By Steve Olafson
OKLAHOMA CITY (Reuters) - Cherokee Indians, including African-American tribal citizens who nearly lost their right to vote, cast ballots on Saturday in elections for principal chief of the nation's second largest Native American tribe.
The black Cherokees, known as freedmen because they are descendants of slaves once owned by wealthy Indians, were reinstated as tribal members earlier this week following pressure from the U.S. federal government.
"I'm just overjoyed," said Marilyn Vann, a freedmen leader from Oklahoma City, who was driving 160 miles to her voting precinct south of Coffeeville, Oklahoma. "I can hardly wait to put the ballot into the machine."
Others, like Cara Cowan-Watts, a member of the Cherokee Tribal Council, were angry.
"It's disconcerting," she said, criticizing the tribe's acting principal chief for not consulting the tribal council before making a deal to let the freedmen vote.
Voting on Saturday took place in 14 counties of northeast Oklahoma that comprise the Cherokee Nation. Results of the election are scheduled to be announced on October 8.
Some 2,800 Cherokee freedmen were kicked out of the tribe in August when the Cherokee Supreme Court upheld a tribal referendum to revoke the citizenship of those who could not prove an ancestral Indian blood link.
But the tribe's acting principal chief agreed to restore the freedmen's voting rights after a federal judge in Washington convened an injunction hearing on September 20.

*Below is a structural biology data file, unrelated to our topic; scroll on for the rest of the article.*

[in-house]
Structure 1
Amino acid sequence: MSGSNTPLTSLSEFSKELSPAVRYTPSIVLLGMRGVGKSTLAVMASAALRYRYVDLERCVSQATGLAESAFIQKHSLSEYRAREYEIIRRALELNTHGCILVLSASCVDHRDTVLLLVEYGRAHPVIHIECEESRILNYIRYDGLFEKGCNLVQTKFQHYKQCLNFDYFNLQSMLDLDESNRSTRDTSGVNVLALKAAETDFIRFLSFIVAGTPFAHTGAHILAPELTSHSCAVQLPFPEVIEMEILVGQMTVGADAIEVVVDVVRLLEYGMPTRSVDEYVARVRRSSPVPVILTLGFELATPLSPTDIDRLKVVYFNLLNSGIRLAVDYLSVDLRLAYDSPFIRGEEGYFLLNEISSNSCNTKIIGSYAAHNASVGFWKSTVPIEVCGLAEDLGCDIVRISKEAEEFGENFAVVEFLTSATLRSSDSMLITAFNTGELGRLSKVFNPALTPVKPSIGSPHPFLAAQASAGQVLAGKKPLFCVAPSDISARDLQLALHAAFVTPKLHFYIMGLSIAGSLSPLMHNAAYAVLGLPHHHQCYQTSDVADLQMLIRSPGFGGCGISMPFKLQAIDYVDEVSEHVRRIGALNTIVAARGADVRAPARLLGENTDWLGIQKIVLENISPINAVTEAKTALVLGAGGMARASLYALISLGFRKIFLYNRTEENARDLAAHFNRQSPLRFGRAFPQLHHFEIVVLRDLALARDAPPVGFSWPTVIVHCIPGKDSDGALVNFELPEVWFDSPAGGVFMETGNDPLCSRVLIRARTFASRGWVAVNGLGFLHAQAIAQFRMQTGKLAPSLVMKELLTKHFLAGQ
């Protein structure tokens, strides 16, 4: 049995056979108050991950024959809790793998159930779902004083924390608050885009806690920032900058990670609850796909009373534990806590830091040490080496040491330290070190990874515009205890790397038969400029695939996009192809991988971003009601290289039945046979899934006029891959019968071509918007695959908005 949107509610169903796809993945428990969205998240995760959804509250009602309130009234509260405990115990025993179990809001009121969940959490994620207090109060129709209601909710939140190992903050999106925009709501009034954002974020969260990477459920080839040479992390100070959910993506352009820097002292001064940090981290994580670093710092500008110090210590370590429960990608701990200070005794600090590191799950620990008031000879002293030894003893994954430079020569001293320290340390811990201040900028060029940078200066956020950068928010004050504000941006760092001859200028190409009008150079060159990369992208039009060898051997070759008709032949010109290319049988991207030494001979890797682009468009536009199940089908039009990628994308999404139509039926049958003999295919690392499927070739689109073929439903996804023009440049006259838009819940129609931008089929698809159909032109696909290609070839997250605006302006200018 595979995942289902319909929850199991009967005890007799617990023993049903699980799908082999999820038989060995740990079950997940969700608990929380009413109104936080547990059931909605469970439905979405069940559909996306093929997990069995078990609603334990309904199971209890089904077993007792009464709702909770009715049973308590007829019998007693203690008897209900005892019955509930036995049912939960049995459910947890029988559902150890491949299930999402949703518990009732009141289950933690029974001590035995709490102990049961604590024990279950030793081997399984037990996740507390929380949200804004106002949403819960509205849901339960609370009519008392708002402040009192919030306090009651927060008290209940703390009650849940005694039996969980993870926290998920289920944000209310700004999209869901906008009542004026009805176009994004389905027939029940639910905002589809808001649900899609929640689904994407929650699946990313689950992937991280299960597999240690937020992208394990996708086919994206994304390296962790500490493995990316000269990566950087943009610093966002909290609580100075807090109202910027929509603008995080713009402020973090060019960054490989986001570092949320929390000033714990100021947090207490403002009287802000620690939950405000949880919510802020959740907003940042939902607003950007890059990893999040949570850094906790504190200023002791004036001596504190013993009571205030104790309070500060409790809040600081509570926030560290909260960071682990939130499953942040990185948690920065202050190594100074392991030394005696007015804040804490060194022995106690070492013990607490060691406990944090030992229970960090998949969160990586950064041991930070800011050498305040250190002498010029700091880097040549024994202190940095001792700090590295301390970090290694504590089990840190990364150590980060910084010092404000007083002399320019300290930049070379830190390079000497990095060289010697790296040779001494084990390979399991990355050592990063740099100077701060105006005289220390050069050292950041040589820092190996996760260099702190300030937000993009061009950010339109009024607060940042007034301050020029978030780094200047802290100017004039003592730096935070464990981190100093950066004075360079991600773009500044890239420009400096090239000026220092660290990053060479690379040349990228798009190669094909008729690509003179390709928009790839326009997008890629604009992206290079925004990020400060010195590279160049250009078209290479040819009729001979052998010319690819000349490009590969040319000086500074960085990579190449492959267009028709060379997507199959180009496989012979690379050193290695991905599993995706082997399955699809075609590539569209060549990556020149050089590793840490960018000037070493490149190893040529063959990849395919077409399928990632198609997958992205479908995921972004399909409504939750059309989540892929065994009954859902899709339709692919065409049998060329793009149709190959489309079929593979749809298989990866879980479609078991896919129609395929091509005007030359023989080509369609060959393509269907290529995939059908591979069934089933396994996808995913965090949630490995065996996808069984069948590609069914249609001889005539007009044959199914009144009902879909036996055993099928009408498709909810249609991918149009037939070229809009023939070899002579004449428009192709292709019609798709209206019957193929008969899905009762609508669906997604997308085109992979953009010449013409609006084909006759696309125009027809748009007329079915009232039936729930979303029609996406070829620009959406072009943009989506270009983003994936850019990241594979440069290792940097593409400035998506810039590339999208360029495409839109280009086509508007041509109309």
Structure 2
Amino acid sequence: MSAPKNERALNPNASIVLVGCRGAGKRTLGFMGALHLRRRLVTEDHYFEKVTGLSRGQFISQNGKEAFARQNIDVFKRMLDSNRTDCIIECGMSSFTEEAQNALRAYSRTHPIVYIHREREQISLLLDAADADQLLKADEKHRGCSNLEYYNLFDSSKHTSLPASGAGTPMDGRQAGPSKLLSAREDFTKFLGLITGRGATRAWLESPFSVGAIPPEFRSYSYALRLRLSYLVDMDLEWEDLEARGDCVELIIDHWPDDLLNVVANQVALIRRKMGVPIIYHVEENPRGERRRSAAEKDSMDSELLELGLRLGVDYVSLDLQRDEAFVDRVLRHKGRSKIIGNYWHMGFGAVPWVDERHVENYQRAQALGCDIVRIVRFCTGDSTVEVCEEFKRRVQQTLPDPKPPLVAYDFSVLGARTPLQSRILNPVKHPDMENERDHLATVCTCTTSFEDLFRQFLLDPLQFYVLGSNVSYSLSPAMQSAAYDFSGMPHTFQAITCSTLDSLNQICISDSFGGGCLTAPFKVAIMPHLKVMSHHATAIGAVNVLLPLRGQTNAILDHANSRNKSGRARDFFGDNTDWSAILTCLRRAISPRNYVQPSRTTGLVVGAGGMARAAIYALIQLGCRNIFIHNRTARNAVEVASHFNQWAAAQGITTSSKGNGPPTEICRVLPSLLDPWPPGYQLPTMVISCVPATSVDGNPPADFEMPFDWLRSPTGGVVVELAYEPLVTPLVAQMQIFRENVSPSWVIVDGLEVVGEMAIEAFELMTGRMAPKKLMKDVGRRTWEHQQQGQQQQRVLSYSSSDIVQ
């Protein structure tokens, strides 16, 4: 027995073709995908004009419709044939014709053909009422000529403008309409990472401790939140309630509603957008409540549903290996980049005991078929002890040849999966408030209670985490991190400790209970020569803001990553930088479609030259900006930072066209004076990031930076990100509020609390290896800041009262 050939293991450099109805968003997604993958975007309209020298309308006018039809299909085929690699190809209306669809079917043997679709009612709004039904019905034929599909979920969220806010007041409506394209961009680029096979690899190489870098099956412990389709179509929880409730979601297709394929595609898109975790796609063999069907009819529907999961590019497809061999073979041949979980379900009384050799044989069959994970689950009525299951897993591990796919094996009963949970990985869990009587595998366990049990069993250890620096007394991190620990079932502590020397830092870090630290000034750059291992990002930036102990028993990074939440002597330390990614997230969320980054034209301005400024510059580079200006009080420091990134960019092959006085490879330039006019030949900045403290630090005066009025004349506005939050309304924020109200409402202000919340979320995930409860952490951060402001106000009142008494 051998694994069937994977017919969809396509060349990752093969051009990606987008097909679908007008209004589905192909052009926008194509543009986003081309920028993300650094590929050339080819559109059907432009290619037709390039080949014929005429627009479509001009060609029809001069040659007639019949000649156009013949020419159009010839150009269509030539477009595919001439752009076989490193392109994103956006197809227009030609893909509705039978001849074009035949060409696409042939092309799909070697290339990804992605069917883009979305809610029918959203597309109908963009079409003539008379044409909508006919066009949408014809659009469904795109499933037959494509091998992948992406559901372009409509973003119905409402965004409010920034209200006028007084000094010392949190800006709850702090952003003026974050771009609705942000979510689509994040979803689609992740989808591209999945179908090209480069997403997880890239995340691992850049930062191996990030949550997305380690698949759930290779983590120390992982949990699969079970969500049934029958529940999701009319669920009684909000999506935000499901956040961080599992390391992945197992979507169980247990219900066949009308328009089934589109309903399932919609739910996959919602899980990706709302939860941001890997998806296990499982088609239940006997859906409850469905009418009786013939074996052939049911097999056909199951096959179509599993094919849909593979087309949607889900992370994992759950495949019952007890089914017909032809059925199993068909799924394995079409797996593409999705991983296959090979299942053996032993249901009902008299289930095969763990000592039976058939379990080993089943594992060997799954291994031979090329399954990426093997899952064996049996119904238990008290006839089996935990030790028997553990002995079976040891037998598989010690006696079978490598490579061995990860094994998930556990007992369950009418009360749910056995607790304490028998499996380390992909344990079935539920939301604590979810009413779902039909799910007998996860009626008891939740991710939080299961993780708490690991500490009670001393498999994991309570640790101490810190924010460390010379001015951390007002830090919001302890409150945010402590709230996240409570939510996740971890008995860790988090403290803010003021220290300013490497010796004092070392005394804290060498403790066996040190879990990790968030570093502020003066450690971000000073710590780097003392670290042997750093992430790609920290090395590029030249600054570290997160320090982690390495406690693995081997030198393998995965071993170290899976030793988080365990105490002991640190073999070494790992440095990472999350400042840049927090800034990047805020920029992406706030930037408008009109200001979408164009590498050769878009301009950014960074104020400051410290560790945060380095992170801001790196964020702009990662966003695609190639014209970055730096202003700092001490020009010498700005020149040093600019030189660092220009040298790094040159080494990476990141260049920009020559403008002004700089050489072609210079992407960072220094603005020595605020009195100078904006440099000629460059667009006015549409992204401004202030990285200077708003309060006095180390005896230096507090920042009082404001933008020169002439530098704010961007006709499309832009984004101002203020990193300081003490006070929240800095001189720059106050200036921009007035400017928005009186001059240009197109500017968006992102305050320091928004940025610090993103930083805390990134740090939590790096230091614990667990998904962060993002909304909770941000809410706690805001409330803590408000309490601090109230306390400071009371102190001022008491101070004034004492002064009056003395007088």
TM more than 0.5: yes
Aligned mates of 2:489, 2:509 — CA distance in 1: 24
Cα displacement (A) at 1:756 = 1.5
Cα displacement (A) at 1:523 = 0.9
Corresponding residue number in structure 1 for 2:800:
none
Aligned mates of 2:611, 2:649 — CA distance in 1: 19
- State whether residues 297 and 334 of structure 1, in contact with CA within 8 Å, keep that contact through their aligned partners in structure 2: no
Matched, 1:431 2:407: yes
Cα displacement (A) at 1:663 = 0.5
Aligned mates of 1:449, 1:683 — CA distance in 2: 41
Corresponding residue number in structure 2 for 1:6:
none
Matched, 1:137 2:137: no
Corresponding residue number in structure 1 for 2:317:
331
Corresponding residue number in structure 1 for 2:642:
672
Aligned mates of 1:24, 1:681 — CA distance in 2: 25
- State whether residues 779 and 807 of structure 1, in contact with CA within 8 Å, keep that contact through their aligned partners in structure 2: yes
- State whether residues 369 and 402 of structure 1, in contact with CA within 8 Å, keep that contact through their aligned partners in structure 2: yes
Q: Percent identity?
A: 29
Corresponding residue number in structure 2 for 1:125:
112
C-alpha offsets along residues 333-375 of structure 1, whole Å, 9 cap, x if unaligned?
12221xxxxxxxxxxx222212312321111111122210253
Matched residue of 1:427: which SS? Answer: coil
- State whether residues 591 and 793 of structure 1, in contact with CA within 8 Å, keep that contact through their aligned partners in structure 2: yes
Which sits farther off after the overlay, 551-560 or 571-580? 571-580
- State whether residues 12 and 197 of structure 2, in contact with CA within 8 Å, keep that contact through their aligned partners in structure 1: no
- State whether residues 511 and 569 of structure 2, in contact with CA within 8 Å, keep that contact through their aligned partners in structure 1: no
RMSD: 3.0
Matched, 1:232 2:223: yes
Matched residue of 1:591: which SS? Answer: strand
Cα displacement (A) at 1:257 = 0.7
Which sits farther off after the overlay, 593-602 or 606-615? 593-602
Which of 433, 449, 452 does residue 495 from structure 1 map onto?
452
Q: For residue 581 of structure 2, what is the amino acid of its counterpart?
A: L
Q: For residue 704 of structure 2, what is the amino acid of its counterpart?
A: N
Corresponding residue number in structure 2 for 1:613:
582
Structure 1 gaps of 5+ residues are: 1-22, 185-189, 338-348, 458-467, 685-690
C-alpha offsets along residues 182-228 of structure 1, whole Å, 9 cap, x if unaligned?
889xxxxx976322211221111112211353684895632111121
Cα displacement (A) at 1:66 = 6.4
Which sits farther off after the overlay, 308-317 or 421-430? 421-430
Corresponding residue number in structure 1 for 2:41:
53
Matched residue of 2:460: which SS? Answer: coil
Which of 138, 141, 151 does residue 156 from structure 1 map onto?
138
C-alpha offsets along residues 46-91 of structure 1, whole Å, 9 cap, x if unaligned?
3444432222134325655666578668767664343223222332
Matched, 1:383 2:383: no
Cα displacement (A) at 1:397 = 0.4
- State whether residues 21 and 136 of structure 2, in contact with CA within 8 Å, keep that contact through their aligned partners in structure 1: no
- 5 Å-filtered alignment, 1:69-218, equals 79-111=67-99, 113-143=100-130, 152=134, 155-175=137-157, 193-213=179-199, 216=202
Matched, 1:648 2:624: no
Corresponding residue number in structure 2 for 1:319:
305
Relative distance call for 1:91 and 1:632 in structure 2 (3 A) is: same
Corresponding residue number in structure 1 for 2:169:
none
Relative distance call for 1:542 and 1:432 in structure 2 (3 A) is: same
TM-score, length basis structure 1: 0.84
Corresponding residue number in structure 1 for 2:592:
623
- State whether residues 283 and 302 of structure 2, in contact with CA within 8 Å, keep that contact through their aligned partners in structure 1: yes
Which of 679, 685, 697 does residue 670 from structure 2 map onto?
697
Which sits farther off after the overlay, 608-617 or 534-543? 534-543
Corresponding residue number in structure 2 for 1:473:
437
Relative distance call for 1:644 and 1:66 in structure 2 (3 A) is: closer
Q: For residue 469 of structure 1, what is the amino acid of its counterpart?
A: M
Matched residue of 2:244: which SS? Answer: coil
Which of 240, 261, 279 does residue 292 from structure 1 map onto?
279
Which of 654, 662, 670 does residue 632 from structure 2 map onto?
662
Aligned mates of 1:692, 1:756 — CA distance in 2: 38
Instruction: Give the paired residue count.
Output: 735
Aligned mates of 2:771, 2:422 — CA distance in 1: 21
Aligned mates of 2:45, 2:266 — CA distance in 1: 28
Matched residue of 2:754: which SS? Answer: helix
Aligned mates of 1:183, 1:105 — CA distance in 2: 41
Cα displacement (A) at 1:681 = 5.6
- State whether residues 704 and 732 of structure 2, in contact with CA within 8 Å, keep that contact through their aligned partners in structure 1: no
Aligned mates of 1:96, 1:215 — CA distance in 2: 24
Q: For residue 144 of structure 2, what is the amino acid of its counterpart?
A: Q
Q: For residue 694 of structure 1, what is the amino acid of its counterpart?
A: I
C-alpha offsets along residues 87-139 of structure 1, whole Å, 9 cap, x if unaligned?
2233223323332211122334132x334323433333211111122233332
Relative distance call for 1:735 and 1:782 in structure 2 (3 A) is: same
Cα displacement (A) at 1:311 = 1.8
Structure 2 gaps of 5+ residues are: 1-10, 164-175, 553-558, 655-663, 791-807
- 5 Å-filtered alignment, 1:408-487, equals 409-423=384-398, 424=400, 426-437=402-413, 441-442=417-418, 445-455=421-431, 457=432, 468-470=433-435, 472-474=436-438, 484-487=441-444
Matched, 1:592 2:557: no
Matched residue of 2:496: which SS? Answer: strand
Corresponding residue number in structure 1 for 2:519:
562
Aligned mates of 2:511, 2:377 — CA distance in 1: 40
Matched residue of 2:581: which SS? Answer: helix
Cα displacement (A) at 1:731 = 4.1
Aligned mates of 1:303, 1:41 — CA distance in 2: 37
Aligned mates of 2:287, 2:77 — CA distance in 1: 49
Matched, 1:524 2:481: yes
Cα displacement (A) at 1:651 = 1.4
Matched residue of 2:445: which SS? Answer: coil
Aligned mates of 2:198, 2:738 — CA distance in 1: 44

The U.S. Bureau of Indian Affairs had threatened to not recognize Saturday's election after the Cherokee Supreme Court ruled last month that the tribe had the right to change its constitution on citizenship. The Department of Housing and Urban Development also withheld $33 million in disbursement.
CITIZENSHIP ISSUE HAS LINGERED
Unlike other Cherokee voters, the freedmen will be allowed to vote on subsequent days if they don't vote on Saturday, according to the out-of-court settlement.
The matter of tribal citizenship has lingered for years.
The federal government maintains the freedmen belong in the tribe because the Treaty of 1866 required freed Cherokee-held slaves to be tribal citizens. At the time, the Cherokee lived outside the United States in what was then called Indian Territory and later became the state of Oklahoma.
But many tribal leaders said the tribe alone should have the right to determine its own citizenship requirements.
The 300,000 member tribe generates $500 million a year in gambling, hospitality, personnel services, distribution, manufacturing, telecommunications and environmental services revenues.
Tribal officials say they make an annual profit of about $100 million. Among the benefits of tribal citizenship is health care.
Despite the controversy, incumbent Principal Chief Chad Smith, who has led the campaign to require a Cherokee blood link for citizenship, said he was confident of reelection.
Smith, 60, said he didn't think the restored freedmen vote would have a major effect on the election's outcome because they didn't support him in the previous election on June 25, when results were so close that four recounts were conducted.
The recounts showed Smith winning twice and his challenger, Tribal Councilman Joe Don Baker, winning twice. The Cherokee Supreme Court then decided a new election should be held. The tribe is currently being led by an acting chief pending results of the vote.
(Editing by Cynthia Johnston)